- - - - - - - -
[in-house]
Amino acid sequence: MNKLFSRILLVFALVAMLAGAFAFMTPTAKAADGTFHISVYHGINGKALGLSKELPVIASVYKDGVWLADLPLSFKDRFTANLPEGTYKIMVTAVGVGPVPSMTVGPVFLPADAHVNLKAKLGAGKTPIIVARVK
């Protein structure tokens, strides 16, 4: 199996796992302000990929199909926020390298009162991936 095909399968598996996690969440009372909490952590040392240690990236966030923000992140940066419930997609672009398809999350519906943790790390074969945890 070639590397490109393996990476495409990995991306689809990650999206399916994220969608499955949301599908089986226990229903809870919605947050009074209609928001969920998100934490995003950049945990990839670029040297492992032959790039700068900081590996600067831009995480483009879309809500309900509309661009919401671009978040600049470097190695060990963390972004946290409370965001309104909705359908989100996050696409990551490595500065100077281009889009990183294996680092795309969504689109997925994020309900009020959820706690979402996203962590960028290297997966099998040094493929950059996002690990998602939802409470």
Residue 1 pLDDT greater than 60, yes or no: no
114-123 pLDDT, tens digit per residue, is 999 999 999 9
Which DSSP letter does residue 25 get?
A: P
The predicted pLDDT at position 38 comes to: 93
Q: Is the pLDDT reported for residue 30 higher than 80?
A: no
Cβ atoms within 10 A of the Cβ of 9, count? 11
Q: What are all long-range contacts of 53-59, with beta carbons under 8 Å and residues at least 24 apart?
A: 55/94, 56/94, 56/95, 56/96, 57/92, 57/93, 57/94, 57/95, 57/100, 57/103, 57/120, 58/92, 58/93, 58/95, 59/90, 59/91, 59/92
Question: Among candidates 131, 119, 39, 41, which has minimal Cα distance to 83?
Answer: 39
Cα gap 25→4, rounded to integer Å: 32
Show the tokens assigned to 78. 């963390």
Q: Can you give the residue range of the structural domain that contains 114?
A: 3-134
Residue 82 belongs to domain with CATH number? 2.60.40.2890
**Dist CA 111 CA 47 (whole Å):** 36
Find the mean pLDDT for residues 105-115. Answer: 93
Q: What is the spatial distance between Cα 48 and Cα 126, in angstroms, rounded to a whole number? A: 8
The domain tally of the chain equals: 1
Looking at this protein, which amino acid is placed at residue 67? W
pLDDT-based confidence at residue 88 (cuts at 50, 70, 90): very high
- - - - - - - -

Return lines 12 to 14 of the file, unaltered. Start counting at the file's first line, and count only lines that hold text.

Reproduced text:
Q: What are all long-range contacts of 53-59, with beta carbons under 8 Å and residues at least 24 apart?
A: 55/94, 56/94, 56/95, 56/96, 57/92, 57/93, 57/94, 57/95, 57/100, 57/103, 57/120, 58/92, 58/93, 58/95, 59/90, 59/91, 59/92
Question: Among candidates 131, 119, 39, 41, which has minimal Cα distance to 83?